Moe was by all accounts an intelligent lad but had major problems with attendance and dedication. Moe recalled "attending several schools and being tossed out of them regularly. I attended P.S. 128 in Bath Beach, P.S. 101, and P.S. 163. I went to Erasmus Hall High School for two months, and they asked me if I wouldn't leave the premises and make it easier for the rest of the children, as I was a very disturbing influence."
The very behavior that would earn him a living caused nothing but trouble in school. "Fridays, we'd have written tests, and I was quite bright and finished tests much earlier than the others, and during the scratching of the other children's pens, I would release an Indian war whoop the likes of which no school had ever heard," Moe once wrote. "I'd spend half of my school days in cloak rooms, under a teacher's desk, and in the principal's office. My grades were excellent, my deportment was atrocious."
This kind of irresponsibility seems highly uncharacteristic for the man who would become the leader of the Three Stooges, handling all of its finances, setting up the live stage tours, and accounting for every penny the act made. But he picked up those accounting skills later out of necessity, and for the most part, school held little for him. He stayed just long enough to find his calling when he was introduced to drama. Once focused on that, the boy became a dedicated student, single-minded in his pursuit to become an actor. He credited his sixth- through eighth-grade teacher, Miss Lillian Duffy, for prodding him into theater.
"I dramatized, directed, and worked in The Story of Nathan Hale, after which I constantly played in school productions," Moe recalled. After playing a Hessian general in the play, acting became his obsession. "I worked in Pinafore, I put on and played in a Pinero play called The Matrimonial Agency, and put on and directed plays in grade schools and in high grades." He also directed "mock fights," dances that featured comic choreographed bouts, a good introduction for his later comedy. All the while, he was encouraged by his mentoring teacher. But even she couldn't curb his wild side.
"My attendance record was more atrocious than my deportment," Moe admitted. Too many days were spent playing hooky in the dime-seat sections of live theater, then called the 10-20-30 melodramas for the price of seats in the theater. But Moe was hardly a screwup. Indeed, he was riveted by the process of acting, and while Shemp and Curly became far more animated comic presences, Moe was always the best-trained and most skilled actor in the family.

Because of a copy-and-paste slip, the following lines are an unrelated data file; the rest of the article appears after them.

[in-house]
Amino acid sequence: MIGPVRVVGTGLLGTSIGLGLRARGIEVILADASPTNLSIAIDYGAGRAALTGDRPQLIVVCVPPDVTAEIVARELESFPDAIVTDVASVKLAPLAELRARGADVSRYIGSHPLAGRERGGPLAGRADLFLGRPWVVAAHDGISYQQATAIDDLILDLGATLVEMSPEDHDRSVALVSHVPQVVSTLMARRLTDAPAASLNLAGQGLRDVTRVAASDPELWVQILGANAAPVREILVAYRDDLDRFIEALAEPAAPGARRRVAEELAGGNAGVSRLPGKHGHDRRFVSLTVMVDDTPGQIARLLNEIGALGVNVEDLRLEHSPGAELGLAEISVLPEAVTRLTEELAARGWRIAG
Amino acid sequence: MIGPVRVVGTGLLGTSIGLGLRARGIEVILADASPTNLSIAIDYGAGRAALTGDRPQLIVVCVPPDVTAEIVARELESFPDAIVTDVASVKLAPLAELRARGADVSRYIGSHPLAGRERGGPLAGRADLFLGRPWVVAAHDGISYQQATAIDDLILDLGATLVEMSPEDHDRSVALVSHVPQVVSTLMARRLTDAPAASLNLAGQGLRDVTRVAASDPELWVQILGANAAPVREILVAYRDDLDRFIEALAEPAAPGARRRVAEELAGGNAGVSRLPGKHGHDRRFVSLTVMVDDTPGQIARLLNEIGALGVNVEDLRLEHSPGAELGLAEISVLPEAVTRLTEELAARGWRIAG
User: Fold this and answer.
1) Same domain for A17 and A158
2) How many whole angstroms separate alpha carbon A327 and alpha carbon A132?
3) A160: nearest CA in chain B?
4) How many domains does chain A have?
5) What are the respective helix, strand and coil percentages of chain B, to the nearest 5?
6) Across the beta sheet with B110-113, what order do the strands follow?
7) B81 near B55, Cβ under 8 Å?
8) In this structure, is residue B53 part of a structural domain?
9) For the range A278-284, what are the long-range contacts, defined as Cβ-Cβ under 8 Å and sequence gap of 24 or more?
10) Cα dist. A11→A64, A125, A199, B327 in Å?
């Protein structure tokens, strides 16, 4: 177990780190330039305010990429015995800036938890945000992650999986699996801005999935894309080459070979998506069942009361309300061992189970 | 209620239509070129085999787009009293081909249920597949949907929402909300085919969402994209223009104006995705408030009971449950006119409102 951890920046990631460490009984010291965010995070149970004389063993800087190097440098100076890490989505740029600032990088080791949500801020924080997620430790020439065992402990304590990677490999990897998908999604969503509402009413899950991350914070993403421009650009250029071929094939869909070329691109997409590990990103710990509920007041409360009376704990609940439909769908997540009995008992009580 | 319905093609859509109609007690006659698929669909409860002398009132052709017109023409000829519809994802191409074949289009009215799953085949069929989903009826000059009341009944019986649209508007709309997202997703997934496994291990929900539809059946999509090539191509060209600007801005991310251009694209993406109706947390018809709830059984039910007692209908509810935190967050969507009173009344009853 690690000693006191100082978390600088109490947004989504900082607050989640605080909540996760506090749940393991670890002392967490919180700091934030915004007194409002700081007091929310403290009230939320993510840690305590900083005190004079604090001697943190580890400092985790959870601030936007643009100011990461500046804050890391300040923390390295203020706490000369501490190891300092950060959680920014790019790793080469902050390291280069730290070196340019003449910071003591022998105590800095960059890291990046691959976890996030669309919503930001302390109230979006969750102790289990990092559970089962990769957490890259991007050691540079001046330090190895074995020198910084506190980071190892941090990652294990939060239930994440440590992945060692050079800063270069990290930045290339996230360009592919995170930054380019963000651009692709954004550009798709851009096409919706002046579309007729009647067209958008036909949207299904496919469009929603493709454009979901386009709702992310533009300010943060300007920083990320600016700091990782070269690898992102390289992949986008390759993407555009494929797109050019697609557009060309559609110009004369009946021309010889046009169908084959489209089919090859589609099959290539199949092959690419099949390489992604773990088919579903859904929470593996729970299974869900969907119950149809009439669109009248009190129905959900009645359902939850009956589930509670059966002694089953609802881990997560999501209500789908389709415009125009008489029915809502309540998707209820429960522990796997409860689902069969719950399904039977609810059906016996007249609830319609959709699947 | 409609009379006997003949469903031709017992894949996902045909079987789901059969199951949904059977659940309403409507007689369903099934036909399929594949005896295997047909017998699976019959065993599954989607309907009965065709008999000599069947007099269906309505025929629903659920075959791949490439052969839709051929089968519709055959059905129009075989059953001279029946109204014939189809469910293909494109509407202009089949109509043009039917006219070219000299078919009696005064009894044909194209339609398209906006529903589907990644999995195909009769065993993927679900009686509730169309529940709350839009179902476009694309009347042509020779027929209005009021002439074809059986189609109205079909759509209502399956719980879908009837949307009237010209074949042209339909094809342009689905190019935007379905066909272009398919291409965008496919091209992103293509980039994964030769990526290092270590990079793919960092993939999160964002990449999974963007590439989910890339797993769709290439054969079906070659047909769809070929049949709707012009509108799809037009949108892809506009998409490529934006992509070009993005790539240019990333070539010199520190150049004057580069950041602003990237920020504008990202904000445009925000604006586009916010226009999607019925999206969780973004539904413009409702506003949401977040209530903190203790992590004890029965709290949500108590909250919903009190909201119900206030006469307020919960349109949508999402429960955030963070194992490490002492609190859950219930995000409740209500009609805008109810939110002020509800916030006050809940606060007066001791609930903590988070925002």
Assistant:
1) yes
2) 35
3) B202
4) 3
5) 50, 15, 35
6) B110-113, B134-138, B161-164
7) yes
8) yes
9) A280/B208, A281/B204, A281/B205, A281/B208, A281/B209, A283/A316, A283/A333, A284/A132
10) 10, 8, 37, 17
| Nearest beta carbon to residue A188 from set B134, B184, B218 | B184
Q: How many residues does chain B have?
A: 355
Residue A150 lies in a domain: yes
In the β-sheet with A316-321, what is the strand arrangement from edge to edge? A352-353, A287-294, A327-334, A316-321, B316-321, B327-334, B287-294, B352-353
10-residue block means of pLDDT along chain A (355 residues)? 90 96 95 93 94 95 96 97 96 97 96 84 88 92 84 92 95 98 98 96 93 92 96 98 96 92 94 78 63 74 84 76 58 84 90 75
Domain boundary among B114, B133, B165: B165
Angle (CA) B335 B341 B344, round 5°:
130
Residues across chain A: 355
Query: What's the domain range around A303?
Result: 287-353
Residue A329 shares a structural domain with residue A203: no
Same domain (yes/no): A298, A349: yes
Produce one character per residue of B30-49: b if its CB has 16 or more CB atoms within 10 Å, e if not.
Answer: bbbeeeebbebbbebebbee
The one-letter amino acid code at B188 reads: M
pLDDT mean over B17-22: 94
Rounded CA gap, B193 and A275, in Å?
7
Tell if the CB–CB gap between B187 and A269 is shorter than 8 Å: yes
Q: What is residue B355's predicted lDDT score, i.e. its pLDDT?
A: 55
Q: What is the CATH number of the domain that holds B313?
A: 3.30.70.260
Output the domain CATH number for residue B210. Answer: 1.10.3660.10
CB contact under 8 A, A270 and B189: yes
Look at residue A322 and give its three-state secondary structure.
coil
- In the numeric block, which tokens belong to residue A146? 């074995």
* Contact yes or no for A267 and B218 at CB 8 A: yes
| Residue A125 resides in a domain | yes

Watching such obscure plays as Milkie the Sewing Machine Girl, St. Elmo, 10 Nights in a Barroom, The Old Homestead, and The Two Orphans, he adopted theater as his classroom. And his attention never wavered. "I would select a character from the first act and follow him through the entire play, oblivious to all others," Moe recalled. "I had a tremendous desire to play these parts which, in later years, I did. I played every one of these parts for two seasons on a showboat up and down the Mississippi."
He left home in 1914 at the age of fifteen and would never return to school. His dream took him to the banks of the Mississippi River, where he scammed his way into the theater company of a showboat called the Sunflower. He began by doing odd jobs but got the baptism-by-fire training given by the live theater. Soon he was playing all kinds of roles, even sixty- and seventy-year-old characters. Shakespeare, blackface, Moe Horwitz took any role he could get.
Shemp, like his younger brother Moe, was much better at creating mischief than getting good grades. A chronic complainer and prankster who later became famous for his hypochondria and fear of, well, everything, Shemp caught the acting bug from his brother. He'd team with Moe to put on plays and comedy routines. They dragged along their little brother, Babe, who would inevitably wind up the butt of their jokes.
Shemp and Moe were very close, and Moe's older brother was shocked that he was running away to Mississippi, though there's little sign that Moe's parents shared his concern.
"It began during the summer," said Moe's daughter, Joan. "Having parents who were brought up in Europe, they were a different animal. His mother was bright but couldn't speak English well, and his father was into his religion. I think that with five kids to look after--and my dad next to youngest--that at that point they probably didn't pay much attention. Not that she didn't love her sons. The only one nervous about him leaving for Mississippi was Shemp, and maybe he was jealous because he didn't have the courage to go himself. Shemp was a worrywart."
After a couple of seasons on the boat, Moe rejoined his brothers, and they worked on their routines around the neighborhood and became fixtures on the Coney Island boardwalk, hamming it up for their pals and passersby. It was there that they became friendly with a mischievous lad named Charles Ernest Lee Nash, who was later to take the stage name of Ted Healy. The Horwitz boys often camped out in a tent owned by Nash, who later acknowledged they would use the lack of parental authority to terrorize the neighborhood by stealing bread and milk deliveries.
Nash set the tone for the subsequent relationship between himself and the Horwitzes when he left Moe to be collared by a cop while Nash himself dashed off to safety--even though it was Nash who pulled the prank Moe would pay for.
"I knew, at that moment, I was destined to become a Ted Healy stooge," Moe said in the March 1934 issue of Shadowplay magazine. "For it was then I learned to take it."